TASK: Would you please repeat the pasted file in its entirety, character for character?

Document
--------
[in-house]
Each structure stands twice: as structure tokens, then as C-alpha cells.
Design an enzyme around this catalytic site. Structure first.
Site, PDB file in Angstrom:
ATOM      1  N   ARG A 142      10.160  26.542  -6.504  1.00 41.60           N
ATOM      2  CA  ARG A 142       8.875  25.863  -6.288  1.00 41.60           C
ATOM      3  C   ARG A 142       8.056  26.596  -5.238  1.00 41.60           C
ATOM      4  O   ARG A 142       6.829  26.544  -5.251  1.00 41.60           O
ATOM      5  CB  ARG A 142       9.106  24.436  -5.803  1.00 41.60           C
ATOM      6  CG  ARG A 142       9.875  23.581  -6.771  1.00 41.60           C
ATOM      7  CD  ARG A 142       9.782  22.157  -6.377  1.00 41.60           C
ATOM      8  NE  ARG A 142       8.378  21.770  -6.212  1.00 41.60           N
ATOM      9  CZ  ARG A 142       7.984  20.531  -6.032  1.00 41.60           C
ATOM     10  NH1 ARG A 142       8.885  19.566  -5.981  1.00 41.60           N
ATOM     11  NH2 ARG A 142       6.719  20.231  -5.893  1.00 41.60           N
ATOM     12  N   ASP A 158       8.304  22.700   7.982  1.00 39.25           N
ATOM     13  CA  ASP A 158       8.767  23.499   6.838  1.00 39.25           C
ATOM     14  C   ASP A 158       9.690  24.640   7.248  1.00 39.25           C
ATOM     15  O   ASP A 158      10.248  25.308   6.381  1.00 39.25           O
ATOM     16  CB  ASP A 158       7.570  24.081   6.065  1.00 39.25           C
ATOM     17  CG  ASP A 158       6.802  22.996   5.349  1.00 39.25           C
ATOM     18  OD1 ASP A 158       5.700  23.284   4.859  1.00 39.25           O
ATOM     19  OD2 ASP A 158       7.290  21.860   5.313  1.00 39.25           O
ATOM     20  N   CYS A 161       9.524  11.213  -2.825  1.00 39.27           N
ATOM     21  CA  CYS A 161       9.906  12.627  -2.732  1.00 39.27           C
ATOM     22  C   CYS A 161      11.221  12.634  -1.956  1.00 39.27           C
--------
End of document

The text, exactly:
[in-house]
Each structure stands twice: as structure tokens, then as C-alpha cells.
Design an enzyme around this catalytic site. Structure first.
Site, PDB file in Angstrom:
ATOM      1  N   ARG A 142      10.160  26.542  -6.504  1.00 41.60           N
ATOM      2  CA  ARG A 142       8.875  25.863  -6.288  1.00 41.60           C
ATOM      3  C   ARG A 142       8.056  26.596  -5.238  1.00 41.60           C
ATOM      4  O   ARG A 142       6.829  26.544  -5.251  1.00 41.60           O
ATOM      5  CB  ARG A 142       9.106  24.436  -5.803  1.00 41.60           C
ATOM      6  CG  ARG A 142       9.875  23.581  -6.771  1.00 41.60           C
ATOM      7  CD  ARG A 142       9.782  22.157  -6.377  1.00 41.60           C
ATOM      8  NE  ARG A 142       8.378  21.770  -6.212  1.00 41.60           N
ATOM      9  CZ  ARG A 142       7.984  20.531  -6.032  1.00 41.60           C
ATOM     10  NH1 ARG A 142       8.885  19.566  -5.981  1.00 41.60           N
ATOM     11  NH2 ARG A 142       6.719  20.231  -5.893  1.00 41.60           N
ATOM     12  N   ASP A 158       8.304  22.700   7.982  1.00 39.25           N
ATOM     13  CA  ASP A 158       8.767  23.499   6.838  1.00 39.25           C
ATOM     14  C   ASP A 158       9.690  24.640   7.248  1.00 39.25           C
ATOM     15  O   ASP A 158      10.248  25.308   6.381  1.00 39.25           O
ATOM     16  CB  ASP A 158       7.570  24.081   6.065  1.00 39.25           C
ATOM     17  CG  ASP A 158       6.802  22.996   5.349  1.00 39.25           C
ATOM     18  OD1 ASP A 158       5.700  23.284   4.859  1.00 39.25           O
ATOM     19  OD2 ASP A 158       7.290  21.860   5.313  1.00 39.25           O
ATOM     20  N   CYS A 161       9.524  11.213  -2.825  1.00 39.27           N
ATOM     21  CA  CYS A 161       9.906  12.627  -2.732  1.00 39.27           C
ATOM     22  C   CYS A 161      11.221  12.634  -1.956  1.00 39.27           C